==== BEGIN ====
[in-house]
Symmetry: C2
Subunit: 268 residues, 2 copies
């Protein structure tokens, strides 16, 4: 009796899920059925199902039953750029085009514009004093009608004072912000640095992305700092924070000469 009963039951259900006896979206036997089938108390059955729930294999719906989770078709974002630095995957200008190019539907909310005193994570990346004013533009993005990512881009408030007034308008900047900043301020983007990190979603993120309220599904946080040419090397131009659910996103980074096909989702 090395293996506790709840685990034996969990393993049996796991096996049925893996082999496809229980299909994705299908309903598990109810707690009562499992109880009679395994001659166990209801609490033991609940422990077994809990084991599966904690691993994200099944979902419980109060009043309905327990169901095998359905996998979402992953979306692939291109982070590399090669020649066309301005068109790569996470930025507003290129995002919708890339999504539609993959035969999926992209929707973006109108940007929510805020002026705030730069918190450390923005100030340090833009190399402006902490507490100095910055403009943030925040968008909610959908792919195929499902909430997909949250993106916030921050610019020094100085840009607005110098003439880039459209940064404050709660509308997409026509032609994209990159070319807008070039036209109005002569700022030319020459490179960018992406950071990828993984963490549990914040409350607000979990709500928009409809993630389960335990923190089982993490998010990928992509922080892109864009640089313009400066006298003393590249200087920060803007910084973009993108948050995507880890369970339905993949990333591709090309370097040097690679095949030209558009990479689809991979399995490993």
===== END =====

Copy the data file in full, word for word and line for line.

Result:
[in-house]
Symmetry: C2
Subunit: 268 residues, 2 copies
């Protein structure tokens, strides 16, 4: 009796899920059925199902039953750029085009514009004093009608004072912000640095992305700092924070000469 009963039951259900006896979206036997089938108390059955729930294999719906989770078709974002630095995957200008190019539907909310005193994570990346004013533009993005990512881009408030007034308008900047900043301020983007990190979603993120309220599904946080040419090397131009659910996103980074096909989702 090395293996506790709840685990034996969990393993049996796991096996049925893996082999496809229980299909994705299908309903598990109810707690009562499992109880009679395994001659166990209801609490033991609940422990077994809990084991599966904690691993994200099944979902419980109060009043309905327990169901095998359905996998979402992953979306692939291109982070590399090669020649066309301005068109790569996470930025507003290129995002919708890339999504539609993959035969999926992209929707973006109108940007929510805020002026705030730069918190450390923005100030340090833009190399402006902490507490100095910055403009943030925040968008909610959908792919195929499902909430997909949250993106916030921050610019020094100085840009607005110098003439880039459209940064404050709660509308997409026509032609994209990159070319807008070039036209109005002569700022030319020459490179960018992406950071990828993984963490549990914040409350607000979990709500928009409809993630389960335990923190089982993490998010990928992509922080892109864009640089313009400066006298003393590249200087920060803007910084973009993108948050995507880890369970339905993949990333591709090309370097040097690679095949030209558009990479689809991979399995490993």